You are going to have to quit this new enterprise before you get hurt I told George. I am already hurt Bwana he replied whilst trying to get his breath back from his winded chest. I left him there and went to my car and sat in it for a while as I could not get him out of my mind. Eventually I got out and went back. Sure enough half way back up the alley he only tried again. It’s me George I said as he clung to my neck. “Good evening Sah” he replied.

He ended up working for me. We needed a messenger and he needed work. We did not pay him much and he did steal the occasional shopping item and cigarette from me but never money. His big moment was when he tried to smuggle a large dead chicken out of the office down the back of his trousers. He used to get drunk, drugged and sleepy occasionally but in the main he was a good messenger. In fact a darn sight better messenger than mugger!

Travel Evolution is not just about Technology – Right?

I always thought technology drives most change and the travel industry is no different to any other business in this respect. I assumed that the reason for travel evolution being so painful was that new technology had been so scarce for so long that now it has arrived people are overdosing on it. However unlike the pharmaceutical business nobody has tested products, understood the correct dosage or learned how to deal with adverse reactions.

Already you can look back over the recent past and see all sorts of corporate travel wonder solutions that have not actually delivered in accordance with their hype. Many were unsuitable, unrealistic or simply did not work but they all looked damn good on paper. Apart from any basic flaw there seems to be something in the way of success and I think I know what it may be.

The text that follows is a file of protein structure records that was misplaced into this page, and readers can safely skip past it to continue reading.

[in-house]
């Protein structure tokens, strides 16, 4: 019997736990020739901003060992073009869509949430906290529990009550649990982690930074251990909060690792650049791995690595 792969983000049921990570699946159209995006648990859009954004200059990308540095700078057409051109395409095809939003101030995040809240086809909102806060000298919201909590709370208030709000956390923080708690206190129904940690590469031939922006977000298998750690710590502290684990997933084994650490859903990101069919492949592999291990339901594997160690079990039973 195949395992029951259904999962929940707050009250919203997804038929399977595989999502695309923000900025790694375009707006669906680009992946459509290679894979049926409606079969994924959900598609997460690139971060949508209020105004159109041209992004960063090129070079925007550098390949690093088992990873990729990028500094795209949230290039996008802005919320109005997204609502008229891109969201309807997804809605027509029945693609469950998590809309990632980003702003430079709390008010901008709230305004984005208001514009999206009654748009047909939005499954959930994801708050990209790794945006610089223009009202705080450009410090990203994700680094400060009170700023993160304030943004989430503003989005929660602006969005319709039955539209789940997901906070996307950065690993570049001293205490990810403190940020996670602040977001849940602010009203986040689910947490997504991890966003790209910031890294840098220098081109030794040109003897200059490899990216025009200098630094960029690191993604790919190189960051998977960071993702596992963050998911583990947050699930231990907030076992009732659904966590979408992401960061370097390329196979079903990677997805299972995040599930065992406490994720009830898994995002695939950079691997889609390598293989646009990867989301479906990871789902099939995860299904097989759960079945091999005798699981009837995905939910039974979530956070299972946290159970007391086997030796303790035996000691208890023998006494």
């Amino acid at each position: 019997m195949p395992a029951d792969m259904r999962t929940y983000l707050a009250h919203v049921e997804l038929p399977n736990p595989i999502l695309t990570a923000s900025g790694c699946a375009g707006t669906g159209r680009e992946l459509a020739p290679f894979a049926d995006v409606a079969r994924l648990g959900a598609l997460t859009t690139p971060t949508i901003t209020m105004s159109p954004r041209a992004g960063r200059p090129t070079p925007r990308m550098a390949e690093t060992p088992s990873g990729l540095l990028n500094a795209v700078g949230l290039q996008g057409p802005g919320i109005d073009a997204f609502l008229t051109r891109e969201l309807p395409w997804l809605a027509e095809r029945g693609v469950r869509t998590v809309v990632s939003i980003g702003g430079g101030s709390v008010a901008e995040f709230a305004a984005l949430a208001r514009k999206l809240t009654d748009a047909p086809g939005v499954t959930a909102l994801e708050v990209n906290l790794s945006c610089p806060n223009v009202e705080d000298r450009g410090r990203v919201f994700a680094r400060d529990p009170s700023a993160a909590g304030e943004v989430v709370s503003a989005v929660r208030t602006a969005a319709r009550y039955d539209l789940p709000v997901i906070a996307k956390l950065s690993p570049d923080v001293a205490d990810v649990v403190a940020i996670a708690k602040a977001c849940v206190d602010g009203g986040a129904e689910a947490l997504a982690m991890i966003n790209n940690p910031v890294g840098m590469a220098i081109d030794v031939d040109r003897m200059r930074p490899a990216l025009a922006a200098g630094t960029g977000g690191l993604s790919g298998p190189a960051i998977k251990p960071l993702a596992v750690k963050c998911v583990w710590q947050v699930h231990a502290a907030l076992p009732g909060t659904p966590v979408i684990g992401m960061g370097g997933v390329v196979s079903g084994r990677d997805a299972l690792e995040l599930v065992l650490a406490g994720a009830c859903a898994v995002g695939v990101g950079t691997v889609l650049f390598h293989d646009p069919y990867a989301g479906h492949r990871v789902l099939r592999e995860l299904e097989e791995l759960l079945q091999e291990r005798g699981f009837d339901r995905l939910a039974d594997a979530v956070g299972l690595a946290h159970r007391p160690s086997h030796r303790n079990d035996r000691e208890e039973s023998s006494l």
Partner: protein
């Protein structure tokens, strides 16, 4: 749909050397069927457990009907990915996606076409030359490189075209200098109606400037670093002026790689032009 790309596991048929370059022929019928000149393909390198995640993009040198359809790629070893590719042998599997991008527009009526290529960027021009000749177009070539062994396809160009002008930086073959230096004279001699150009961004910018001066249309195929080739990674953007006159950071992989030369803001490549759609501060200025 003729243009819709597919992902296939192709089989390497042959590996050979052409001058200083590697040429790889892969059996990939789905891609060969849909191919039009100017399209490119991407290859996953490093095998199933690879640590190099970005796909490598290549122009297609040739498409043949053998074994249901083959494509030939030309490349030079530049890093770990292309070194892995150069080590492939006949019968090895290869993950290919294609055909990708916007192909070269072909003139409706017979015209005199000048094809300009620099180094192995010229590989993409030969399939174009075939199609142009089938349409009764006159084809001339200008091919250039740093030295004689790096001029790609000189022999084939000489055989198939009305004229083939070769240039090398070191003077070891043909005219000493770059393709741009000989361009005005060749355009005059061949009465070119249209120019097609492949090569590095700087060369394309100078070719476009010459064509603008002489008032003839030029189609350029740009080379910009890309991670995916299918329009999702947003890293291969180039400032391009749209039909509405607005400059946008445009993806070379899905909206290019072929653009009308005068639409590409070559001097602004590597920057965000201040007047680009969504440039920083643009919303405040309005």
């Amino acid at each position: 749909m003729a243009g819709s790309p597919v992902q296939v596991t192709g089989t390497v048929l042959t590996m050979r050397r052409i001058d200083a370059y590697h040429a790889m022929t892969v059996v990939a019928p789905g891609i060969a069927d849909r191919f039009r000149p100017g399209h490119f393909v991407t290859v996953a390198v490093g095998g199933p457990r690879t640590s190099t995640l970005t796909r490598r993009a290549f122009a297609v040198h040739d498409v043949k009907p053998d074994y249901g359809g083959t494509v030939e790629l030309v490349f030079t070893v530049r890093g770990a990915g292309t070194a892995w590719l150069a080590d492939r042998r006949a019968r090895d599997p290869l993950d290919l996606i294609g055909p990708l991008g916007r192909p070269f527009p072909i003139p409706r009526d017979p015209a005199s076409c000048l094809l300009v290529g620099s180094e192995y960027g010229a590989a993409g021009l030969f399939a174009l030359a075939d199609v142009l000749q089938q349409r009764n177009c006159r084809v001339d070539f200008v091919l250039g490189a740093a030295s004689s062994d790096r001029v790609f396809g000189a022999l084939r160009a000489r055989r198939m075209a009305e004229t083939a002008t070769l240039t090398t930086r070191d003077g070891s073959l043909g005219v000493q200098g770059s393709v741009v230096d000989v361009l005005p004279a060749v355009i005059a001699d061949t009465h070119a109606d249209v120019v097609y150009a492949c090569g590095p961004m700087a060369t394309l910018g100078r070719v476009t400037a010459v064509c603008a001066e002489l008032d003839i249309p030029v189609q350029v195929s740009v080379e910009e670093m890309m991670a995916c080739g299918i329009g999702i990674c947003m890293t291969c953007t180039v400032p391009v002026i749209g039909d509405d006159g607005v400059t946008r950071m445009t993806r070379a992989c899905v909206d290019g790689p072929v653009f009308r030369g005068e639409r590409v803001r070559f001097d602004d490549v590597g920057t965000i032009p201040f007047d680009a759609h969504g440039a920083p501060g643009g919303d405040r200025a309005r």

The plain truth of it is that whatever new initiatives come along they will only be embraced if the various key players in the supply chain want to make it happen. Like the old saying that you can take a horse to water but you cannot make it drink the same goes for managed travel programmes and compliance. You still cannot get somebody to change their mindset unless you force them or justify your actions and I see precious little of either going on.

You see there are many people, either through tradition or personal experience, who still view travel as a service experience rather than a commodity. And whilst there are different suppliers of varying quality, frequent flyer programmes and individual timescales and demands there will always be service choices needed. When you think of it most corporations are insisting their employees undertake personal risks and comfort challenges with very little research into safety and standards. How do you know the airlines you have chosen are safe and comfortable? Cheap yes…but. A question that could soon be asked by lawyers in regard to ‘duty of care’.

It is not just the traveller who still has a perception that service is important. You can often see this ‘malaise’ in some suppliers and a large number of TMCs. I suspect they are getting so frustrated that service is not being given a value by typical procurement that they will continue to reduce it to a minimum like the low cost carriers. Why bother creating a value and service differentiator if nobody is interested in paying for it.

For so long the travel industry has been built around giving good service and being rewarded for doing so. Travellers too want to know they will be safe, comfortable and that somebody will be there for them if something goes wrong. Those buyers who focus mainly on unbundling, constant cost reduction and commoditisation need to take note.

My answer to my own question is yes, technology is key to the future but only as an enabler not as a solution. Pick your target end solution that matches your company ethos and then look for the enabling technology. I have seen so many people commit to unproven technology to try and solve an issue they did not really have. What is more important is service and solutions and if you embrace the need for the former to deliver the latter then all you need to do is choose the technology to enable it to happen.

My life in Hotels – Part 4

Thankfully most of my nights in hotels have been paid for by the various companies I have worked for. A good job too as in many cases I would have been pretty outraged to pay for them myself. One of the numerous Holiday Inns around and in Toronto would be a case in point. I had a night from hell within its walls.